1. Acts. 2:24-25
    God raised him up, loosing the pangs of death, because it was not possible for him to be held by it. 25 For David says concerning him,

    “‘I saw the Lord always before me,
    for he is at my right hand that I may not be shaken...' "

    Rom. 1:4
    ....and was declared to be the Son of God in power according to the Spirit of holiness by his resurrection from the dead, Jesus Christ our Lord....

    Rom. 4:25
    ....who was delivered up for our trespasses and raised for ourjustification.

    Heb. 9:14 much more will the blood of Christ, who through the eternal Spirit offered himself without blemish to God, purify our conscience from dead works to serve the living God.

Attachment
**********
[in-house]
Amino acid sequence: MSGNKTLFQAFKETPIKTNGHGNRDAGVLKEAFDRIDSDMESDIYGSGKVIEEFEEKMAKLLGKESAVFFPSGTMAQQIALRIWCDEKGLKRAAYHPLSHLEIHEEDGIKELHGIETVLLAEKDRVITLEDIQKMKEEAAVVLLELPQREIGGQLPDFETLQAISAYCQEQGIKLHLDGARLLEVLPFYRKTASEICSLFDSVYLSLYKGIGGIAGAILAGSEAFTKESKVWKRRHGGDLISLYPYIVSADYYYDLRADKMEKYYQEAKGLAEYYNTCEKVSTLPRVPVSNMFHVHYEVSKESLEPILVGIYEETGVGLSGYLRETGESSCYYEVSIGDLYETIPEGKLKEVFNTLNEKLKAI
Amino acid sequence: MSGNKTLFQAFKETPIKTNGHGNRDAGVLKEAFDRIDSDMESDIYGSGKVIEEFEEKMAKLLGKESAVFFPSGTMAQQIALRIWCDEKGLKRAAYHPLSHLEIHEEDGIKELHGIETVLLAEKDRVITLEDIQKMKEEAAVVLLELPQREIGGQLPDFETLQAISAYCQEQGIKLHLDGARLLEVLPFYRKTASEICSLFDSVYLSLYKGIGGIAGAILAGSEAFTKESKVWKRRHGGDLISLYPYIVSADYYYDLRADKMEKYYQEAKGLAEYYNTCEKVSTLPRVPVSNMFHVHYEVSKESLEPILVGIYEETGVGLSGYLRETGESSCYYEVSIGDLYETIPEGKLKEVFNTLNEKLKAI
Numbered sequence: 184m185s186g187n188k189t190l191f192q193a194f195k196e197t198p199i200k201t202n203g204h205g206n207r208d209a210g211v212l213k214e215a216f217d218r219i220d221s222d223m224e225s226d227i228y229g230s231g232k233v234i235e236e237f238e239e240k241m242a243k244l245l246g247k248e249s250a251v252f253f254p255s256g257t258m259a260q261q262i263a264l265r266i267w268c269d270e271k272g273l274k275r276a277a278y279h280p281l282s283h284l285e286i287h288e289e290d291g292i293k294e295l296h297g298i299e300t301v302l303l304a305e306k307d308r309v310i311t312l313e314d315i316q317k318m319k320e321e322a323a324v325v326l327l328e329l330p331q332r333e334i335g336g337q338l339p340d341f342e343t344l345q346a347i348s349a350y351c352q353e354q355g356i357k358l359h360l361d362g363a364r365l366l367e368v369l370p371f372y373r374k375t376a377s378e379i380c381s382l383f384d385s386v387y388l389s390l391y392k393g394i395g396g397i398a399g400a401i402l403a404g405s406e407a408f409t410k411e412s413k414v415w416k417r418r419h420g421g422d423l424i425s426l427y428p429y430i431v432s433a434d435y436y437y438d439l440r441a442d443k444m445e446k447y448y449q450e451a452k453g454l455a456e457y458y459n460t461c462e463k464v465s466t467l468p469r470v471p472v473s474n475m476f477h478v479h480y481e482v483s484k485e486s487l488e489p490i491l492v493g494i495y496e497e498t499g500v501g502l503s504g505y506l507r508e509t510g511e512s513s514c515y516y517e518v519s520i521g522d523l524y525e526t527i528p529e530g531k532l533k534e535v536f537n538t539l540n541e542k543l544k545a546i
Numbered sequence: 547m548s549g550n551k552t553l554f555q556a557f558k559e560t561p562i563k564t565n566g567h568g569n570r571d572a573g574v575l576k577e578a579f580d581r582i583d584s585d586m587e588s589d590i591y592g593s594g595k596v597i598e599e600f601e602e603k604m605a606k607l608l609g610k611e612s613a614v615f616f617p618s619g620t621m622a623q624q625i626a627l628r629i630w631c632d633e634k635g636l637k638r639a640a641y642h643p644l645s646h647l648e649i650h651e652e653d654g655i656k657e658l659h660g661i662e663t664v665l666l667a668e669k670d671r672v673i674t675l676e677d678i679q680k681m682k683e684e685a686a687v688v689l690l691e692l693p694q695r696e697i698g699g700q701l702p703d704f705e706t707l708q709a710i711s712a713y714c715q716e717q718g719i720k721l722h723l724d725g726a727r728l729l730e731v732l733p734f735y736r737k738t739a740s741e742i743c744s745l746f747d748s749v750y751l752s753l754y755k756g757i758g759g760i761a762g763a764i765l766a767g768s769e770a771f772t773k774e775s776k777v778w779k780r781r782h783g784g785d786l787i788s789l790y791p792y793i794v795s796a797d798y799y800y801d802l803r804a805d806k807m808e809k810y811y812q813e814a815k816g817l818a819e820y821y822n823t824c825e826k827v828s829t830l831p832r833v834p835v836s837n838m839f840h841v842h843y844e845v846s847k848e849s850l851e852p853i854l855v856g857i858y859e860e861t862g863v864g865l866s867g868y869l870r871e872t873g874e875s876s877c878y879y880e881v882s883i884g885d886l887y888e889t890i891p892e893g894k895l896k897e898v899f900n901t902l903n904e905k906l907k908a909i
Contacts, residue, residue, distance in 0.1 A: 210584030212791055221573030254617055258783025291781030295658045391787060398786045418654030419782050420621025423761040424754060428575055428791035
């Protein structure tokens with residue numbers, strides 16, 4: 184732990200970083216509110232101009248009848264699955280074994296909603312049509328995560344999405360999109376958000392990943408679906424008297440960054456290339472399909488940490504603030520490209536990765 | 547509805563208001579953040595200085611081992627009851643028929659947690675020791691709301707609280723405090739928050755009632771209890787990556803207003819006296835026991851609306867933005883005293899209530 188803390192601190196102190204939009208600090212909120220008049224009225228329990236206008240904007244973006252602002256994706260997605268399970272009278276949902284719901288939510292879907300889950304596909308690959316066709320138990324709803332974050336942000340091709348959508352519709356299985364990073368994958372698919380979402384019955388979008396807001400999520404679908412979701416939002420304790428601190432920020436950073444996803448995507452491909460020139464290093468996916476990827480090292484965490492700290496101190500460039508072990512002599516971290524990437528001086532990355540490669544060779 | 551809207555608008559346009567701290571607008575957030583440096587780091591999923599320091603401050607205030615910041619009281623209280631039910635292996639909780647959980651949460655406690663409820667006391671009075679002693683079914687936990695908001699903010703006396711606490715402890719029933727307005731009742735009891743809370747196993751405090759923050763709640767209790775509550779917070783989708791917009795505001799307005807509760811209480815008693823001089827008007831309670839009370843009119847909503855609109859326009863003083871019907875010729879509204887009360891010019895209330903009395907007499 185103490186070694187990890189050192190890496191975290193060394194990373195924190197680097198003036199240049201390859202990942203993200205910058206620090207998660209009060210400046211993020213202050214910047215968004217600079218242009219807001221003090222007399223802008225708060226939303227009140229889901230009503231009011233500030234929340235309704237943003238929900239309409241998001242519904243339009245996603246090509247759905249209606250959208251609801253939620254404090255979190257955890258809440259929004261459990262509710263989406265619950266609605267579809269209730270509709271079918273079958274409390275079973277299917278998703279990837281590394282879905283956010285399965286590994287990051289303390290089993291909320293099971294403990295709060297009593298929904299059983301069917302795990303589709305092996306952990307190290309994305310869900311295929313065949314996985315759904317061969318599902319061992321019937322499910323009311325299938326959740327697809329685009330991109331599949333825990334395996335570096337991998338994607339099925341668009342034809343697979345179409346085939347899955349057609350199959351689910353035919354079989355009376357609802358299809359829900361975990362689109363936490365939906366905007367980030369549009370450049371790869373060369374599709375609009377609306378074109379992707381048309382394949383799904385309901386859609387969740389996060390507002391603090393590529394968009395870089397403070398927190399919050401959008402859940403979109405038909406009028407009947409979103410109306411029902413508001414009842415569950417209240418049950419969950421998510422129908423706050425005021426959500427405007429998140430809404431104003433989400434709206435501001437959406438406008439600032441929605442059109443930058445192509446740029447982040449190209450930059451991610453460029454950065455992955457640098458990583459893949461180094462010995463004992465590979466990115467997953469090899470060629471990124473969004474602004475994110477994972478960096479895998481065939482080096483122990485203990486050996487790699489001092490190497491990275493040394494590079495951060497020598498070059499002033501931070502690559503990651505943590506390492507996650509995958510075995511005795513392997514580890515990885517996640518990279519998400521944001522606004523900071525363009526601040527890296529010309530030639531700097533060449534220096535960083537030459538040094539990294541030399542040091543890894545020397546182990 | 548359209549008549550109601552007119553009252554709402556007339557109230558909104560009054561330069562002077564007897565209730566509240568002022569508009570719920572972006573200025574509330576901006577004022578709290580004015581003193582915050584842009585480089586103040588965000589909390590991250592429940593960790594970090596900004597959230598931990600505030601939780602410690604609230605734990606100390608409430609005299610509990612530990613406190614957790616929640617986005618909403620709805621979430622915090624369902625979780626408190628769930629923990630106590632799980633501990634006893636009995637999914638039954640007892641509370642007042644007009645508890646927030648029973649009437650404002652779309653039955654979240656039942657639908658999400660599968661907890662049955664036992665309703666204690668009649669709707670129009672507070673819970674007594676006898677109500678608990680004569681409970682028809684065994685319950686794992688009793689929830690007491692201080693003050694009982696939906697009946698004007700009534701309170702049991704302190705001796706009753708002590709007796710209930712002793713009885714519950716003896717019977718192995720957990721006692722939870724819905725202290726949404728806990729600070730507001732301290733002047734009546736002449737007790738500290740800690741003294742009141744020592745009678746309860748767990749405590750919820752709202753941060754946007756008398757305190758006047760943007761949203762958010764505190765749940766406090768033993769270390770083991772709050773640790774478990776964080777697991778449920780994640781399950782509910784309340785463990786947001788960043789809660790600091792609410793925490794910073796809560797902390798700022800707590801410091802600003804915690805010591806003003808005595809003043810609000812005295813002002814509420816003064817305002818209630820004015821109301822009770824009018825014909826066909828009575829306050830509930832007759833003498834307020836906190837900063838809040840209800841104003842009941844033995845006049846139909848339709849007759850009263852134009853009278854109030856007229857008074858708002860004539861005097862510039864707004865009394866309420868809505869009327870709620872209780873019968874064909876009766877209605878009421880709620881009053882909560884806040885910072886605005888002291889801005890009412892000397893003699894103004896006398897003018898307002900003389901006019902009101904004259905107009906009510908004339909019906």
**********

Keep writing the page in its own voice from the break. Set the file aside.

2. Acts 20:28
    Pay careful attention to yourselves and to all the flock, in which the Holy Spirit has made you overseers, to care for the church of God, which he obtained with his own blood.

    Heb. 7:25-28
    Consequently, he is able to save to the uttermost those who draw near to God through him, since he always lives to make intercession for them.

    For it was indeed fitting that we should have such a high priest, holy, innocent, unstained, separated from sinners, and exalted above the heavens. He has no need, like those high priests, to offer sacrifices daily, first for his own sins and then for those of the people, since he did this once for all when he offered up himself. For the law appoints men in their weakness as high priests, but the word of the oath, which came later than the law, appoints a Son who has been made perfect forever.

    Heb. 9:14